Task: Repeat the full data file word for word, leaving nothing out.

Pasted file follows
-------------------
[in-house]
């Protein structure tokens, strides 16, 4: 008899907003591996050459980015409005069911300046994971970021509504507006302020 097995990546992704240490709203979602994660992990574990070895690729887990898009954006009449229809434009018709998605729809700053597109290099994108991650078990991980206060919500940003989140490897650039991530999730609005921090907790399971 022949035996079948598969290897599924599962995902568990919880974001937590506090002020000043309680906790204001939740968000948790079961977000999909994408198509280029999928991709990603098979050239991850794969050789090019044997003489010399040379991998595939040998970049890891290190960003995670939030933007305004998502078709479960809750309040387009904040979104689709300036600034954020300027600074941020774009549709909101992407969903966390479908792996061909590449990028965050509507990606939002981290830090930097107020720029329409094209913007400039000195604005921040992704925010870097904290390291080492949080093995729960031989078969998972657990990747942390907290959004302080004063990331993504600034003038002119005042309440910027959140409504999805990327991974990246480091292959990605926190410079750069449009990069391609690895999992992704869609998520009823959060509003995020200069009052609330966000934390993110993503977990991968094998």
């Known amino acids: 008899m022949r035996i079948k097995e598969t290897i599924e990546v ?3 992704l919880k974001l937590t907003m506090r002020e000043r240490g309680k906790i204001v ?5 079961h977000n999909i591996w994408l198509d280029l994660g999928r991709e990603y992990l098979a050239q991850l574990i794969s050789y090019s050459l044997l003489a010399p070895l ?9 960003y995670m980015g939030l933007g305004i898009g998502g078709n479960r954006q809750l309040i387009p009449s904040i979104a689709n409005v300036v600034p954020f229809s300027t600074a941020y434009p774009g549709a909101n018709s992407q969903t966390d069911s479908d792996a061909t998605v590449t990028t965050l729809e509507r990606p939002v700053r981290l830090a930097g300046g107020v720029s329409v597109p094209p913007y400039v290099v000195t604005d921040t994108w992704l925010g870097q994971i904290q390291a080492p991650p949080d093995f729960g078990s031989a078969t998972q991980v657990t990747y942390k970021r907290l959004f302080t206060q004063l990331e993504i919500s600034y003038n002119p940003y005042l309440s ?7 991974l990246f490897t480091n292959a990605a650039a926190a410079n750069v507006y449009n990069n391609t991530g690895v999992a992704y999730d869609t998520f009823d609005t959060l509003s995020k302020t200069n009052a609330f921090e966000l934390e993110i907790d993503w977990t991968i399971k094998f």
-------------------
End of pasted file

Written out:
[in-house]
């Protein structure tokens, strides 16, 4: 008899907003591996050459980015409005069911300046994971970021509504507006302020 097995990546992704240490709203979602994660992990574990070895690729887990898009954006009449229809434009018709998605729809700053597109290099994108991650078990991980206060919500940003989140490897650039991530999730609005921090907790399971 022949035996079948598969290897599924599962995902568990919880974001937590506090002020000043309680906790204001939740968000948790079961977000999909994408198509280029999928991709990603098979050239991850794969050789090019044997003489010399040379991998595939040998970049890891290190960003995670939030933007305004998502078709479960809750309040387009904040979104689709300036600034954020300027600074941020774009549709909101992407969903966390479908792996061909590449990028965050509507990606939002981290830090930097107020720029329409094209913007400039000195604005921040992704925010870097904290390291080492949080093995729960031989078969998972657990990747942390907290959004302080004063990331993504600034003038002119005042309440910027959140409504999805990327991974990246480091292959990605926190410079750069449009990069391609690895999992992704869609998520009823959060509003995020200069009052609330966000934390993110993503977990991968094998």
């Known amino acids: 008899m022949r035996i079948k097995e598969t290897i599924e990546v ?3 992704l919880k974001l937590t907003m506090r002020e000043r240490g309680k906790i204001v ?5 079961h977000n999909i591996w994408l198509d280029l994660g999928r991709e990603y992990l098979a050239q991850l574990i794969s050789y090019s050459l044997l003489a010399p070895l ?9 960003y995670m980015g939030l933007g305004i898009g998502g078709n479960r954006q809750l309040i387009p009449s904040i979104a689709n409005v300036v600034p954020f229809s300027t600074a941020y434009p774009g549709a909101n018709s992407q969903t966390d069911s479908d792996a061909t998605v590449t990028t965050l729809e509507r990606p939002v700053r981290l830090a930097g300046g107020v720029s329409v597109p094209p913007y400039v290099v000195t604005d921040t994108w992704l925010g870097q994971i904290q390291a080492p991650p949080d093995f729960g078990s031989a078969t998972q991980v657990t990747y942390k970021r907290l959004f302080t206060q004063l990331e993504i919500s600034y003038n002119p940003y005042l309440s ?7 991974l990246f490897t480091n292959a990605a650039a926190a410079n750069v507006y449009n990069n391609t991530g690895v999992a992704y999730d869609t998520f009823d609005t959060l509003s995020k302020t200069n009052a609330f921090e966000l934390e993110i907790d993503w977990t991968i399971k094998f």